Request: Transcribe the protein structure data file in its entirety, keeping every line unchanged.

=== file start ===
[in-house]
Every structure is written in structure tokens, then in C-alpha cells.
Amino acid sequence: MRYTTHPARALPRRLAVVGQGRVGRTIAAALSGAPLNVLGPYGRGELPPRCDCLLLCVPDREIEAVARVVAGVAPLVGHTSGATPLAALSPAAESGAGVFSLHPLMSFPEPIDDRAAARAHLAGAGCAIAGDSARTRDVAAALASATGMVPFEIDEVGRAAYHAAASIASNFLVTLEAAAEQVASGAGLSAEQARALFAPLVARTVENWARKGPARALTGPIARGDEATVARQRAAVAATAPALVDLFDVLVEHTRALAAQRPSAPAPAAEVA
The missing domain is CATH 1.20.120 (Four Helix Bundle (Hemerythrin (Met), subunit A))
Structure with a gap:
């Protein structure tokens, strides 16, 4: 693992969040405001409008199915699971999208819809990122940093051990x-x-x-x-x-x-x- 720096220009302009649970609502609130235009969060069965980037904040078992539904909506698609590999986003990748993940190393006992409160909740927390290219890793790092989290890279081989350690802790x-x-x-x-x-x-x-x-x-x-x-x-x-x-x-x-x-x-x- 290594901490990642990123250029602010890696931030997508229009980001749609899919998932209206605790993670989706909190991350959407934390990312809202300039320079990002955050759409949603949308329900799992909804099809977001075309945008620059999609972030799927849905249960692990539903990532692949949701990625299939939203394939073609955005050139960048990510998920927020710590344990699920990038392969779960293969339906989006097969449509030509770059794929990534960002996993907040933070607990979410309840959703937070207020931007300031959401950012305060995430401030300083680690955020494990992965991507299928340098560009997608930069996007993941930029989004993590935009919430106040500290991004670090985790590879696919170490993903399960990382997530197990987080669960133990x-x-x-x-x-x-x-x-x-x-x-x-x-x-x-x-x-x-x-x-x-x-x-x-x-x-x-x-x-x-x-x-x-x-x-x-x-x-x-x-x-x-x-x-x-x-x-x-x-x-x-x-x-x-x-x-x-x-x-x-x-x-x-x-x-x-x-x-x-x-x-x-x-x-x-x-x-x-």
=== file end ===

[in-house]
Every structure is written in structure tokens, then in C-alpha cells.
Amino acid sequence: MRYTTHPARALPRRLAVVGQGRVGRTIAAALSGAPLNVLGPYGRGELPPRCDCLLLCVPDREIEAVARVVAGVAPLVGHTSGATPLAALSPAAESGAGVFSLHPLMSFPEPIDDRAAARAHLAGAGCAIAGDSARTRDVAAALASATGMVPFEIDEVGRAAYHAAASIASNFLVTLEAAAEQVASGAGLSAEQARALFAPLVARTVENWARKGPARALTGPIARGDEATVARQRAAVAATAPALVDLFDVLVEHTRALAAQRPSAPAPAAEVA
The missing domain is CATH 1.20.120 (Four Helix Bundle (Hemerythrin (Met), subunit A))
Structure with a gap:
């Protein structure tokens, strides 16, 4: 693992969040405001409008199915699971999208819809990122940093051990x-x-x-x-x-x-x- 720096220009302009649970609502609130235009969060069965980037904040078992539904909506698609590999986003990748993940190393006992409160909740927390290219890793790092989290890279081989350690802790x-x-x-x-x-x-x-x-x-x-x-x-x-x-x-x-x-x-x- 290594901490990642990123250029602010890696931030997508229009980001749609899919998932209206605790993670989706909190991350959407934390990312809202300039320079990002955050759409949603949308329900799992909804099809977001075309945008620059999609972030799927849905249960692990539903990532692949949701990625299939939203394939073609955005050139960048990510998920927020710590344990699920990038392969779960293969339906989006097969449509030509770059794929990534960002996993907040933070607990979410309840959703937070207020931007300031959401950012305060995430401030300083680690955020494990992965991507299928340098560009997608930069996007993941930029989004993590935009919430106040500290991004670090985790590879696919170490993903399960990382997530197990987080669960133990x-x-x-x-x-x-x-x-x-x-x-x-x-x-x-x-x-x-x-x-x-x-x-x-x-x-x-x-x-x-x-x-x-x-x-x-x-x-x-x-x-x-x-x-x-x-x-x-x-x-x-x-x-x-x-x-x-x-x-x-x-x-x-x-x-x-x-x-x-x-x-x-x-x-x-x-x-x-």